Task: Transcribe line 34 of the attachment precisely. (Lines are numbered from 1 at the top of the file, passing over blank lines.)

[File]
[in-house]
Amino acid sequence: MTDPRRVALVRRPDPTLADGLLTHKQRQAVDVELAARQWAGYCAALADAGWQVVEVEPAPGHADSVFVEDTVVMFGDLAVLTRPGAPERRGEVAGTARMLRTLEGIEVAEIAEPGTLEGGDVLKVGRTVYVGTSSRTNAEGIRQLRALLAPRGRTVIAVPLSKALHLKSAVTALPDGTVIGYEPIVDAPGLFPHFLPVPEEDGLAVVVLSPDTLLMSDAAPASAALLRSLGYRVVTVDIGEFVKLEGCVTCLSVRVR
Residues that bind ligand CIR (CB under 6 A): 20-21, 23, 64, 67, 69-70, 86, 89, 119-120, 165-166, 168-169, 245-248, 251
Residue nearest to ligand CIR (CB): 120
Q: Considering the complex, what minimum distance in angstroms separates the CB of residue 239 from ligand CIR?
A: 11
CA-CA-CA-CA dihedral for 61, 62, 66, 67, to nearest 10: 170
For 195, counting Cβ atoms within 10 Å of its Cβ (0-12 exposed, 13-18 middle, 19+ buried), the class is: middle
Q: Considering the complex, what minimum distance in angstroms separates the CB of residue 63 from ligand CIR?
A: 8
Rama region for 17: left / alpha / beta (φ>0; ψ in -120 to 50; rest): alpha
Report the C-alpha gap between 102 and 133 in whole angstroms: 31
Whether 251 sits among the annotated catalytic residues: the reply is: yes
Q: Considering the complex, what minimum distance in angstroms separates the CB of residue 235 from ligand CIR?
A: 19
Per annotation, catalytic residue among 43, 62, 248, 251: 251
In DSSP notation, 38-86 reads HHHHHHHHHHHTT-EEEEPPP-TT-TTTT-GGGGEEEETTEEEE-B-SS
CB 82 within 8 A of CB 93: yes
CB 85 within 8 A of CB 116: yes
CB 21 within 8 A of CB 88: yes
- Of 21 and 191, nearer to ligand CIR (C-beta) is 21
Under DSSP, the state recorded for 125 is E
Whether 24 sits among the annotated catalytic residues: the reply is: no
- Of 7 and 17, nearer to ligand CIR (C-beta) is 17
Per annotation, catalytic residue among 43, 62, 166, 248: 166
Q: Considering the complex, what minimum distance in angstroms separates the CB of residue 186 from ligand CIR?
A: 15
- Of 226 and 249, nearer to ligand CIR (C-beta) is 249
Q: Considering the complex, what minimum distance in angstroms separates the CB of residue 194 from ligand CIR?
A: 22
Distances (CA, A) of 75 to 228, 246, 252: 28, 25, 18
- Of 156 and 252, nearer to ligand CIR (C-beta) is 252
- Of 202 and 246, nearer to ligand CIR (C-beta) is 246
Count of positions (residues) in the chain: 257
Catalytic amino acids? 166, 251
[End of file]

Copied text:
Count of positions (residues) in the chain: 257